• a.k. payne

on juneteenth & summer in my city

Juneteenth comes running w blood on her hands screamin emancipation got some cloaks of white and is spitting up bullets. New face tackling kids on the street corner to round up for this thing called prison or Hades, whateva name suits its fancy for a Tuesday, whateva name better shields true intentions.


We filling air with smell of barbecue this Juneteenth, that wafting smell that leaks up and through and around till you just spinning in sweat & scent of fried meat. You take some books about being black to the pool, freshly painted toes bask in this summer heat. Sun sets past nine and for once this city got you feeling free, you recall careening down South Oakland sidewalks on that pink rusty bike, the overlook on Lawn cradling a horizon like a basket of heavn. You recall midnight talks with dad on the red house porch & the giant dollhouse from the crib on Suncrest where you created whole worlds or chocolate sundaes from the mckeedees @ the corner of Brownsville dripping down your shirt or walks from South O to the center of the universe at the crack of dawn where the cathedral raised up like a God above you cause it alone had to be the most magnificent building in the world. Recall dad’s blck truck named ebony sputtering over to the side of the pond in Highland Park & a rolled up bag of half moldy bread fed to birds, hours spent playing tag in the wooden park w ya sistercousin as the sun began to make love to the west. Recall last day of sixth grade and spinning down that hill in Garfield to dad who just had got out of jail; recall walking hand in hand through Homewood like the whole world was half notes and poetry & dad knowing every motherfucker on the block from the icey ball man to Mr. Monroe— who “had the biggest fuckin ego and didn’t know when to stop knockin’ niggas out. mama told me if I ain’t stop hanging with him, I’d end up like him”—who did twenty years and got shot in the back and won’t never walk again, to Mr. Dwight who used to kick it with your fly ass grandparents up and down frankstown to Mr. Louis  who sells knockoff inspection stickers to Aunt S who sat next to Great Gram every sunday @ the AME. Recall dragging cots out w ya sistercousin to the porch of Nana’s highrise, 9th floor, where we slept cause Nana kept the air on too high for anyone’s own good and we needed all the sky in the universe to hold our dreams: Spice Girls by the time we were twenty.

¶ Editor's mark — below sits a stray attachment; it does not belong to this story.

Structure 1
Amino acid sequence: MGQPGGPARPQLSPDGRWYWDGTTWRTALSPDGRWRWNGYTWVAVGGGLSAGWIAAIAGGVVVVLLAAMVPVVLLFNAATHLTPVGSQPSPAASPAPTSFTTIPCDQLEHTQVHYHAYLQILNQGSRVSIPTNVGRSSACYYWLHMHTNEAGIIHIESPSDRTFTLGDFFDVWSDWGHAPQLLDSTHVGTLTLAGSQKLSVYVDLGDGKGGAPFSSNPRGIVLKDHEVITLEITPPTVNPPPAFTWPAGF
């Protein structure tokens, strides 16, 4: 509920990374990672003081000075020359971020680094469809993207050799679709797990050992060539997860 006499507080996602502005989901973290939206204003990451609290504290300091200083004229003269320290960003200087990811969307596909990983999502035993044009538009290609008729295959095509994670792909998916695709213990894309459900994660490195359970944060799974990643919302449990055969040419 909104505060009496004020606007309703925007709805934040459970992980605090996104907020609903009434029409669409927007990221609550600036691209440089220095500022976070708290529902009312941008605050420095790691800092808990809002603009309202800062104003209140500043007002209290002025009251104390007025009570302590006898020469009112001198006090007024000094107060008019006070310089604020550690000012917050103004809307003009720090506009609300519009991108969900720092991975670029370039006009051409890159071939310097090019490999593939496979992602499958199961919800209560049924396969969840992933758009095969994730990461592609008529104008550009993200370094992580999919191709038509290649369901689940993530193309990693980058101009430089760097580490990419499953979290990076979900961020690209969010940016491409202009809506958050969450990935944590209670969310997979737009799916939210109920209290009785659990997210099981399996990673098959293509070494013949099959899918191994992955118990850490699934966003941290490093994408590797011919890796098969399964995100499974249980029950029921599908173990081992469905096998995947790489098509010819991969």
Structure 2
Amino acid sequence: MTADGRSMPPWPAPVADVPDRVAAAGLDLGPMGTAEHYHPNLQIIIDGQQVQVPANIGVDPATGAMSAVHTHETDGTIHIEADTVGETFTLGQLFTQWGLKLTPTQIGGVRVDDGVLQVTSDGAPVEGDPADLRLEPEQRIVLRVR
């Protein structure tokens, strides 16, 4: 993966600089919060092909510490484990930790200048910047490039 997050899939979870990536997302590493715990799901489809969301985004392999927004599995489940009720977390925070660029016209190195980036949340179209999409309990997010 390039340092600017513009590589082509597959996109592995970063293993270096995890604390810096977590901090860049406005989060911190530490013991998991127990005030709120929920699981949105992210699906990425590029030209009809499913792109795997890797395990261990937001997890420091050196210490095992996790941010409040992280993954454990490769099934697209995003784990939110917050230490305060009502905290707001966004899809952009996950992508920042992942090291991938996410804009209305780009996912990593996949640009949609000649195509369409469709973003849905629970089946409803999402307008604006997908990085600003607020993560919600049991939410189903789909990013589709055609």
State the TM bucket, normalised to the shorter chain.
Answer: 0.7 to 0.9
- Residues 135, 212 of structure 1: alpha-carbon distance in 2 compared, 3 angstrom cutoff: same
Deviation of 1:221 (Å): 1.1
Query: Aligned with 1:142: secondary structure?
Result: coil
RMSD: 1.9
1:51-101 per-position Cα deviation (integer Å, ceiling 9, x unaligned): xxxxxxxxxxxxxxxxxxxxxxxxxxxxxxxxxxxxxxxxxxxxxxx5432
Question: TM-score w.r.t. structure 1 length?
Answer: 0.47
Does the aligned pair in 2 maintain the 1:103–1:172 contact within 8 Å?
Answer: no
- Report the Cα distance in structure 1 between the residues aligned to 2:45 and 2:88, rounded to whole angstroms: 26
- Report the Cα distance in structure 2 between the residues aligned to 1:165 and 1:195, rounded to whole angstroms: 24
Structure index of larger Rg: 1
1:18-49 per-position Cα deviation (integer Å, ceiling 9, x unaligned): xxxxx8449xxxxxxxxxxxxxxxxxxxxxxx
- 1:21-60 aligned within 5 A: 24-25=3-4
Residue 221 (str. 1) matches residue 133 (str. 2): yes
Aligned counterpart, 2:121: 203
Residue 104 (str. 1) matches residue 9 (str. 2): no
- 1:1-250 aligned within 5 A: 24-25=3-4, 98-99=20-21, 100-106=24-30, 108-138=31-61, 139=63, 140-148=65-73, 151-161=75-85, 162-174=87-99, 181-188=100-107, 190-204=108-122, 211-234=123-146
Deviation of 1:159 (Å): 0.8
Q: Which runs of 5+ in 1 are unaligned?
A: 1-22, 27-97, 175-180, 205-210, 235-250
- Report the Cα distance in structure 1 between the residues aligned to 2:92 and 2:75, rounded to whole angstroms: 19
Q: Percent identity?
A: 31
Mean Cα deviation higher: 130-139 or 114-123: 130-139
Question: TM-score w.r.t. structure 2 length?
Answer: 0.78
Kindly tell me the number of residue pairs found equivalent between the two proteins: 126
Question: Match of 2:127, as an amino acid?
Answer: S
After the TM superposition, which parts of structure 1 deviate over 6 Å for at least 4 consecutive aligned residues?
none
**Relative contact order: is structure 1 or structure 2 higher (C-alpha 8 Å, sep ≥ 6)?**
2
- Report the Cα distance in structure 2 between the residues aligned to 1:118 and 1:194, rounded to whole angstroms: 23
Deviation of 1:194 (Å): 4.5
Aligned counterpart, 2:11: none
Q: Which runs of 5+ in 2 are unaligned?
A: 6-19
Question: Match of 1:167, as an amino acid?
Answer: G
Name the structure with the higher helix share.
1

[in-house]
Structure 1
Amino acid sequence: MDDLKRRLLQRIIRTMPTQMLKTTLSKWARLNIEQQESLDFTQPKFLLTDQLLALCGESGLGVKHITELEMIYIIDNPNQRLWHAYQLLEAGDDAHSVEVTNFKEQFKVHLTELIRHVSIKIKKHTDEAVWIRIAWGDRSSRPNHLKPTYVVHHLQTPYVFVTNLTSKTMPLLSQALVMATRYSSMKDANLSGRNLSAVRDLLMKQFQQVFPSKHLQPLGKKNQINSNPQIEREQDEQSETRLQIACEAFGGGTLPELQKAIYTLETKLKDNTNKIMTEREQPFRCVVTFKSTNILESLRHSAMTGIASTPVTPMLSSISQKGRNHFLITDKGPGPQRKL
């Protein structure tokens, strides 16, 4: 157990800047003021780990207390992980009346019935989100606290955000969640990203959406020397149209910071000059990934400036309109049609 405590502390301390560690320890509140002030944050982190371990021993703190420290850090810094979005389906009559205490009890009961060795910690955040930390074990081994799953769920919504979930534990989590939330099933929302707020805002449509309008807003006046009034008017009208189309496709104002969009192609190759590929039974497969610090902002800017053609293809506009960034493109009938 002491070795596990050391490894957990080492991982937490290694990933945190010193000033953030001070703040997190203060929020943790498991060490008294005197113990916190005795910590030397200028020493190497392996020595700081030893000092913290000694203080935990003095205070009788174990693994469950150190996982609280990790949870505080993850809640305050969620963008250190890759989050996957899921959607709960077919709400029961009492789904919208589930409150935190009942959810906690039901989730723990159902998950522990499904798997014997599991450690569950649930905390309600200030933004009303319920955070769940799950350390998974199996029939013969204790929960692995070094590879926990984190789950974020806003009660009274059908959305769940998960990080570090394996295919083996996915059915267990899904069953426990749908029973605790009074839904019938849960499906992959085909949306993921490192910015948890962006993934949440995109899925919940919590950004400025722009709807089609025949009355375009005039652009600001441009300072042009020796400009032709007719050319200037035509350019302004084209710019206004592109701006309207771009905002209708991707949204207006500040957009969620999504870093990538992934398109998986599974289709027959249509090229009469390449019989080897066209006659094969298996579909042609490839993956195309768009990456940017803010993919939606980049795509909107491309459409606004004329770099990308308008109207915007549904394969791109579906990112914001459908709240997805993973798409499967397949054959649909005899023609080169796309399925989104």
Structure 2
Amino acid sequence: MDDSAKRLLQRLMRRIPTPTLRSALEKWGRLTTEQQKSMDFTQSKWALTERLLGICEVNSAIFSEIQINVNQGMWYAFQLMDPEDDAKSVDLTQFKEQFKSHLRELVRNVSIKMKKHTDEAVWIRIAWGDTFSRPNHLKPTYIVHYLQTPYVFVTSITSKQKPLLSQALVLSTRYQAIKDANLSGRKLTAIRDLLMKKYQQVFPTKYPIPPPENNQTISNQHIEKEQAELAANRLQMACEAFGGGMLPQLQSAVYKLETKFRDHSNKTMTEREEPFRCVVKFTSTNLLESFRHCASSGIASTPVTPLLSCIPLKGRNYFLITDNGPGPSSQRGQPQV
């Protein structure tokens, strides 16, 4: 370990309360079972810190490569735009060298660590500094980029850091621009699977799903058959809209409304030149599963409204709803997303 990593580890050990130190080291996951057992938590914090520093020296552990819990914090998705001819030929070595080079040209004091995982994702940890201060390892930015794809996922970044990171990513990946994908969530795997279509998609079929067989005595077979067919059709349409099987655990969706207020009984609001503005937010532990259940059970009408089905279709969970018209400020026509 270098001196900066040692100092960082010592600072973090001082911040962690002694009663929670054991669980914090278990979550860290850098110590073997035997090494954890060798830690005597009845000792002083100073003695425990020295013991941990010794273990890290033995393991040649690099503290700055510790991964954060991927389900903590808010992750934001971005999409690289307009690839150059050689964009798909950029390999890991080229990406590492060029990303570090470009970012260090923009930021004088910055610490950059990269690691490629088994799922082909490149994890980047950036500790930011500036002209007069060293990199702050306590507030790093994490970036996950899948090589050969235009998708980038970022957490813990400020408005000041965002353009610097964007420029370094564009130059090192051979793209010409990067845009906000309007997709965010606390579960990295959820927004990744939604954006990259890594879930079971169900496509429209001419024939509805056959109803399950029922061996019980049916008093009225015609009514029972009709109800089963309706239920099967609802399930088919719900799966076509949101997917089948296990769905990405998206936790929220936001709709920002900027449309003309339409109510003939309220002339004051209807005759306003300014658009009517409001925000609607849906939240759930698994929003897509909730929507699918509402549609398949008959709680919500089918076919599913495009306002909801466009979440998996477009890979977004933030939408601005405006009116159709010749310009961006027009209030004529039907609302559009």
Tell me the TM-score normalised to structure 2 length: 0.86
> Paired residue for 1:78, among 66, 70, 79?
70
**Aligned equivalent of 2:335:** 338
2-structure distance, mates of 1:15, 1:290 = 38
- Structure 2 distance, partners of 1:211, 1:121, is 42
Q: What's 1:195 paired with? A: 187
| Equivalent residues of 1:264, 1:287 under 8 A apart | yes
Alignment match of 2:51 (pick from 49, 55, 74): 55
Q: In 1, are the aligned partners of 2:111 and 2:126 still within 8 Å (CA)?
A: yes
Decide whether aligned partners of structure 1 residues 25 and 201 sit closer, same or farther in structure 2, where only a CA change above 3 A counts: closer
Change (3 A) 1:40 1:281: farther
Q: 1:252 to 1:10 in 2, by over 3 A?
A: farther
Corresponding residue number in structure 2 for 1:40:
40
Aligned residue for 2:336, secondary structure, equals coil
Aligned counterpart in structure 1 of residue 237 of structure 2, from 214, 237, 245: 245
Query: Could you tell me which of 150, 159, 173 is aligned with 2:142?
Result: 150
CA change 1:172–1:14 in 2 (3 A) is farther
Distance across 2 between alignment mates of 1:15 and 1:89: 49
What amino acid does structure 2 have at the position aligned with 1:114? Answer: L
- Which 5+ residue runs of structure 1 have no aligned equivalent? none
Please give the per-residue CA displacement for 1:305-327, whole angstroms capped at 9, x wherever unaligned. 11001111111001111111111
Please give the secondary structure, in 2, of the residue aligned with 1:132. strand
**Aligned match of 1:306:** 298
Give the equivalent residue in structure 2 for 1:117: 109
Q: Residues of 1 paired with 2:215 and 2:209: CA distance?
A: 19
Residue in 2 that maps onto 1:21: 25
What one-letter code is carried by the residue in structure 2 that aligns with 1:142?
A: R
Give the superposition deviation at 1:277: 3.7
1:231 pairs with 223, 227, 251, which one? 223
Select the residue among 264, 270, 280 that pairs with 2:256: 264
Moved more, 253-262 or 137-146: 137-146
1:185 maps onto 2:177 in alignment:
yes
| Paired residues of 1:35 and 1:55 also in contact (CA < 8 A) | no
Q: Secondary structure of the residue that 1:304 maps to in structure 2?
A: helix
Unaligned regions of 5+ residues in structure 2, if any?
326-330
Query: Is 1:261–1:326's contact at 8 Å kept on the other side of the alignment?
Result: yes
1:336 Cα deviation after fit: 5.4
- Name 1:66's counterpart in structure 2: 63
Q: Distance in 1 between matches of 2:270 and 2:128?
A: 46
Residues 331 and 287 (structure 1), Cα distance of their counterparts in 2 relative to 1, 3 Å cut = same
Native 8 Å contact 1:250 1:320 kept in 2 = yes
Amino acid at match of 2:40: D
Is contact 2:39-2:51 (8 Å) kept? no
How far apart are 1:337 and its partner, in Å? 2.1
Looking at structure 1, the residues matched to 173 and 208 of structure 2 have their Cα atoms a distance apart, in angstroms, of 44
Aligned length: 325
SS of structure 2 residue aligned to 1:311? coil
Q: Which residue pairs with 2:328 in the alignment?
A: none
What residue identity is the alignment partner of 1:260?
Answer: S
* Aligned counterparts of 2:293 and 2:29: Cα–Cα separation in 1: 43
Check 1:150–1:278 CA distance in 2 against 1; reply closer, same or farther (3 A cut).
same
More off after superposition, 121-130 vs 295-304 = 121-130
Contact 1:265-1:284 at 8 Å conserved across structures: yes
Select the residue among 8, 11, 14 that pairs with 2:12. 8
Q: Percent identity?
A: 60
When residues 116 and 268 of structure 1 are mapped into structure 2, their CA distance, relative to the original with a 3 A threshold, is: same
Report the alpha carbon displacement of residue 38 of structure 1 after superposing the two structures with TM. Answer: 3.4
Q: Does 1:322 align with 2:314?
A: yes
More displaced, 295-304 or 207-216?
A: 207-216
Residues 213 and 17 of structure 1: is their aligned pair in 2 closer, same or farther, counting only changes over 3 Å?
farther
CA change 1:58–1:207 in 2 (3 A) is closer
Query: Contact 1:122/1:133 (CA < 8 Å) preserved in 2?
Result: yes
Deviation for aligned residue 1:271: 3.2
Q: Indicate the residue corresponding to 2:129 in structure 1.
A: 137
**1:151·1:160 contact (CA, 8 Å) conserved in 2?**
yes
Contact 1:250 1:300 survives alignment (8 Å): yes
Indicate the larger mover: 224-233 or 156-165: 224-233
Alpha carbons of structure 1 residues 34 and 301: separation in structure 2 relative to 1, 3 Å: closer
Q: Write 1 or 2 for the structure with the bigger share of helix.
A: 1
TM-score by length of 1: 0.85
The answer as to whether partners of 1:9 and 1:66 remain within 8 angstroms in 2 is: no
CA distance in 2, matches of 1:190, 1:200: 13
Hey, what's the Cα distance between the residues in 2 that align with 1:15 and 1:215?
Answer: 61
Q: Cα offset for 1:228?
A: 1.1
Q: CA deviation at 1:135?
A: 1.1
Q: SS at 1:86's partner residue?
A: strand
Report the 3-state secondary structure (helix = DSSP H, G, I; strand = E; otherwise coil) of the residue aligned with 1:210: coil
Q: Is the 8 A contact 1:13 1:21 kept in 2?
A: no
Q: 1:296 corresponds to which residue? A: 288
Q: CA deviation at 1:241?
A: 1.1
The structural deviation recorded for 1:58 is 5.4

This is summer. And Juneteenth comes bloody spinning out of master’s house to announce freedom and you’re sitting there like what where who who who and then…your newsfeed gets filled with some bittershit and Juneteenth who be seeing the future and prolly was a prophet in some other life got a face with a hollow shell and she looking not at you but through you. And two shots pierce subconscious, pierce conscious, pierce…1. Local rapper fatally shot in Pgh neighborhood. He was 21. Everybody on your timeline talking about stay inside stay inside stay inside. Your pops frequents this neighborhood so you call him and try to hold the shake out ya voice.  2. teenager shot and killed in traffic stop. Was running from the cops. Mayor like: ten miles outta pgh ain’t pgh ain’t our problem ain’t for us.


Sistercousin got out of prison last week and got a job at the mckeedees and you are more proud of her than you can manage. Six years since you saw her mugshot on the tv and your breath got caught in the back of your throat. Spice Girls by the time we’re twenty. Pull up at Nana’s highrise and she’s chilling on the porch and for a second she don’t even recognize you knocking at the door. When she do, ya’ll hug for a good five minutes and try to hold on to something in this heat, on this Juneteenth– 153 years since we been free. We let go and look at each other. Hold our breaths & feel laughter bubbling up in these stomachs.

This is summer.



Grandma Alexis, Aunt Colette & They Squad, Pittsburgh Hill District Circa 1956